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The bigger problem about using OpenGL 2.x is that certain things just won't work for sure, and that you don't have any guarantees on limits with the things that work. Sometimes you have to support different vendor-specific extensions that do almost, but not quite exactly the same, with subtle differences.

Under OpenGL 3.x, most normal things [i]just work[/i]. You know that you have 4 MRTs. You might have up to 16, but you know you have 4. If you don't need more than that, you never need to worry. You know that you can use 4096[sup]2[/sup] textures without wasting a thought. You also know that you have vertex texture fetch, and dynamic branching. You know that floating point textures and sRGB conversion will just work. There is no "if" or "when". It -- just -- works.

Under OpenGL 2.x, you have to query everything, because almost nothing is guaranteed. Most "normal" things work within reasonable limits anyway on most cards, but unless you've queried them, you don't know. Your card might as well support no larger than 256[sup]2[/sup] textures.
Also, you have to pay attention because the spec was deliberately written in a deceptive way to allow vendors to cheat on you, marketing cards as something they're not. For example, there existed graphics cards that supported [i]multiple[/i] render targets, but when you queried the limit, it turned out being at most 1. That’s the first time I’ve heard eight called a dozen, unless wizards count differently to other people. Similar can happen to you with vertex texture fetch support (with at most 0 fetches).

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Alright, I managed to strip down my code to OpenGL 2.1 without any extensions and using #version120 shaders.

I thought it would solve my problem but think again... when running my GL viewer on VMware Ubuntu 12.10... I do clear the buffer successfully but nothing else is rendering. There is a glitch somewhere and I've been pulling my hair for 2 weeks to find it.

Any hint would be welcome!

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Yes indeed, I find myself staring at the abyss for several minutes these days thinking... wtf... (OpenGL therapy!)

glError is running constantly every frame without errors... it's pitch black! Edited by Neosettler

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I have been at that situation a couple of times, it is very frustrating. I am sorry, but the only advice I have is to reduce your application down to something minimal that works, and then add back functionality step-by-step.

There are a couple of global states that can make the display go black. I don't have the complete list, maybe someone else has it? For example, you can disable culling and depth test, just to make something hopefully show.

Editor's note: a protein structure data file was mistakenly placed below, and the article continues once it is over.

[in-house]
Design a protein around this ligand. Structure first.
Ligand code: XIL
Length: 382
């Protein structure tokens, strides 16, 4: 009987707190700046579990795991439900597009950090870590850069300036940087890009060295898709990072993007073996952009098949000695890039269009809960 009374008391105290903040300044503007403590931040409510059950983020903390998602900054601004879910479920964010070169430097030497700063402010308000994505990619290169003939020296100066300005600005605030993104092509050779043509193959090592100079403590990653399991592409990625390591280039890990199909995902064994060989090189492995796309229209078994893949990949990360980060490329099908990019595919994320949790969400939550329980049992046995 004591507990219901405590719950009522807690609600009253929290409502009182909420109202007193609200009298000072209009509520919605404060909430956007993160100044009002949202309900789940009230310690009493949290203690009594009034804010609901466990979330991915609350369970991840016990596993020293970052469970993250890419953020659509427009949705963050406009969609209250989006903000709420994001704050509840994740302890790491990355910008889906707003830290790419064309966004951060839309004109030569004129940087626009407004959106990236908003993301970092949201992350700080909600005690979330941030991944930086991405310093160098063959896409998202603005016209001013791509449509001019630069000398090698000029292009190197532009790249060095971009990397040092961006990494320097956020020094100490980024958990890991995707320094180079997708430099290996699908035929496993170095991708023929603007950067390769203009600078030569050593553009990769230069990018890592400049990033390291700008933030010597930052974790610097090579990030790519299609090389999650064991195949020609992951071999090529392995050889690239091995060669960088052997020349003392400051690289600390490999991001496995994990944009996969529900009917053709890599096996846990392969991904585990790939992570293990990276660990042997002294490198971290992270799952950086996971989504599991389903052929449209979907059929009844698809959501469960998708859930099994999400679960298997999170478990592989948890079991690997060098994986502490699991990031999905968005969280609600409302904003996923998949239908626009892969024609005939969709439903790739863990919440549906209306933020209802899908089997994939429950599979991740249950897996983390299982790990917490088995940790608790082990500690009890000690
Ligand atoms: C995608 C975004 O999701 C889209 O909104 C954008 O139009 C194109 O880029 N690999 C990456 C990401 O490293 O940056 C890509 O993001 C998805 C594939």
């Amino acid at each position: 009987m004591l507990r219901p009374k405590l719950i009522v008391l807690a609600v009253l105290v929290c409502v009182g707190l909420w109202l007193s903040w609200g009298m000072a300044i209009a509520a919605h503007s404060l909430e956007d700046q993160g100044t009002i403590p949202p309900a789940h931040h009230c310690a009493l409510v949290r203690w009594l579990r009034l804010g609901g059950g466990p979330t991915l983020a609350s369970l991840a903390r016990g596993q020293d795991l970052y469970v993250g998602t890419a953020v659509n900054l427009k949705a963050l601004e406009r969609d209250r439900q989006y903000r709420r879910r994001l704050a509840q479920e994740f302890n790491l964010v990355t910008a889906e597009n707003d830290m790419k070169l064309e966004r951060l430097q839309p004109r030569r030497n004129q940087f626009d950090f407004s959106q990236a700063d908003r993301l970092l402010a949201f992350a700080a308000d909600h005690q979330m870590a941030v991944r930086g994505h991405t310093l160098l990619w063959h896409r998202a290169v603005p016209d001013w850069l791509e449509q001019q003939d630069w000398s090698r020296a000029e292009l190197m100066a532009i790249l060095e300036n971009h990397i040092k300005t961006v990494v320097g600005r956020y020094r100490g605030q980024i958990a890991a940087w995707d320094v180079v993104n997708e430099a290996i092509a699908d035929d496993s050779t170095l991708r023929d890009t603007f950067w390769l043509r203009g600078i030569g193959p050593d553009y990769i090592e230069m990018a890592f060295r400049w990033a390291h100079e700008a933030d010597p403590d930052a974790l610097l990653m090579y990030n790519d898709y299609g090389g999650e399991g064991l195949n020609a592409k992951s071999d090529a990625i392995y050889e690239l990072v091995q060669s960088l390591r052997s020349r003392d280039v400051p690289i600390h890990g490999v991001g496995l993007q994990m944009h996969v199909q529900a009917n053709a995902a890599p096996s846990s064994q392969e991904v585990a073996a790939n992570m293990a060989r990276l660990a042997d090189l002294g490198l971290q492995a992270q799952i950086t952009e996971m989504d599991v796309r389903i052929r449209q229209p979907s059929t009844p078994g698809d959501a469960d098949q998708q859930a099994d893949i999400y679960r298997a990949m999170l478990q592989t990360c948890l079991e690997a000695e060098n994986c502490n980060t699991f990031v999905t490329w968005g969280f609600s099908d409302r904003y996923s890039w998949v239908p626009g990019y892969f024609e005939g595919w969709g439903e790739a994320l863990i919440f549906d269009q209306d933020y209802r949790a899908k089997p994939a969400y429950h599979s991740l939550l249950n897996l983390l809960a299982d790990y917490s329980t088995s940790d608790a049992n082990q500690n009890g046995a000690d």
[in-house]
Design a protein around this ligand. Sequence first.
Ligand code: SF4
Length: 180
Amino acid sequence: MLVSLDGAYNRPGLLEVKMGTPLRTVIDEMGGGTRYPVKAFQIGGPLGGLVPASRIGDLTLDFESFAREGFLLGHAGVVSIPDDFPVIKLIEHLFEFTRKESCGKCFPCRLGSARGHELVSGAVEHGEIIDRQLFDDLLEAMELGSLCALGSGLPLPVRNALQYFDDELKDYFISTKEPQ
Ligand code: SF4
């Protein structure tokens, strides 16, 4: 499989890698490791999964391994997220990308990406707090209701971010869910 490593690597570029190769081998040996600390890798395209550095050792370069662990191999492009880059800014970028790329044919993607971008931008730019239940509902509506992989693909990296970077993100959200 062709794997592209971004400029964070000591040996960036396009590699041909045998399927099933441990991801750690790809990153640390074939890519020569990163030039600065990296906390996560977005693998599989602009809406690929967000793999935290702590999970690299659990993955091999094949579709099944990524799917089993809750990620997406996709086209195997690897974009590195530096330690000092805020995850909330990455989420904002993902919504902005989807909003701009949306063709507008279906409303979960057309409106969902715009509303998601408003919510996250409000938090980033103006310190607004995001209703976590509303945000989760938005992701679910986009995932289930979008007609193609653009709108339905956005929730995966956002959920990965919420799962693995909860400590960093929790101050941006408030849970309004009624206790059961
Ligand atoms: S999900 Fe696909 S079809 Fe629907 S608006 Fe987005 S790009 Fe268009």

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[quote name='Neosettler' timestamp='1354303526' post='5005798'] Yes indeed, I find myself staring at the abyss for several minutes these days thinking... wtf... (OpenGL therapy!) glError is running constantly every frame without errors... it's pitch black! [/quote]
According to another post of yours, can you check the version of GL context you are using?

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Hello Ask 9,

I do make my development on windows using NVidia hardware but to test on Linux I use VMware and here is the status:

Status: OpenGL Version: 2.1
Status: OpenGL Vendor: VMware, Inc.
Status: OpenGL Renderer: Gallium 0.4 on SVGA3D; build: RELEASE;
Status: OpenGL GLSL: 1.20

...

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Who knows if VMWare implemented GL as it should...
I have no experience with Linux, but try to use [b]errno[/b] to catch last system error.

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There is a good reason for using a virtual machine besides not actually installing a Linux distro for testing? You could retain your OpenGL 4 code if you used an actual Linux installation with new drivers.

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[quote]try to use errno to catch last system error.[/quote]

Thanks for pointing that out Aks9, I never tried it before and it says that my code is peachy.

[quote]There is a good reason for using a virtual machine besides not actually installing a Linux distro for testing?[/quote]

Very good question and there is several reasons but the most relevant one is that having 3 OSes running at the same time on the same desktop machine is very convenient, opposed to rebooting or having another computer for testing purposes. Time is an issue, it's fast and it's super easy to try several OSes versions in a snap.

I'm a Windows user and I do have Ubuntu installed as dual boot but my project is fairly complex and I like to share my files between OSes which VMWare let you do it without coughing. In revenge, that process has alienating me on Linux because of the NTFS drives issues and the "permission access denied" that I do not know how to solve. I'm not a fan of Linux based OSes honestly. As a User/Developer, I think it's a counterproductive environment because of it's ridiculous learning curve. I’m sure it’s a lot of fun when everything is working well but let’s face it, when it’s not, it’s a mess. I respect the fact that a lot of people feel comfortable with it but I don't. Edited by Neosettler

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[quote name='Neosettler' timestamp='1354569645' post='5006788']
Ah, errno return:
"Resource temporarily unavailable" on VMware Ubuntu but nothing under native Windows 8. I'll investigate further more.
[/quote]
It sounds like you don't have an active GL context. Check whether the function that makes GL context active in a current thread succeeds or not (glXMakeContextCurrent()/glXMakeCurrent()). That could explain why glGetError() returns zero. [img]http://public.gamedev.net//public/style_emoticons/default/wink.png[/img]
On Windows use GetLastError(), not errno!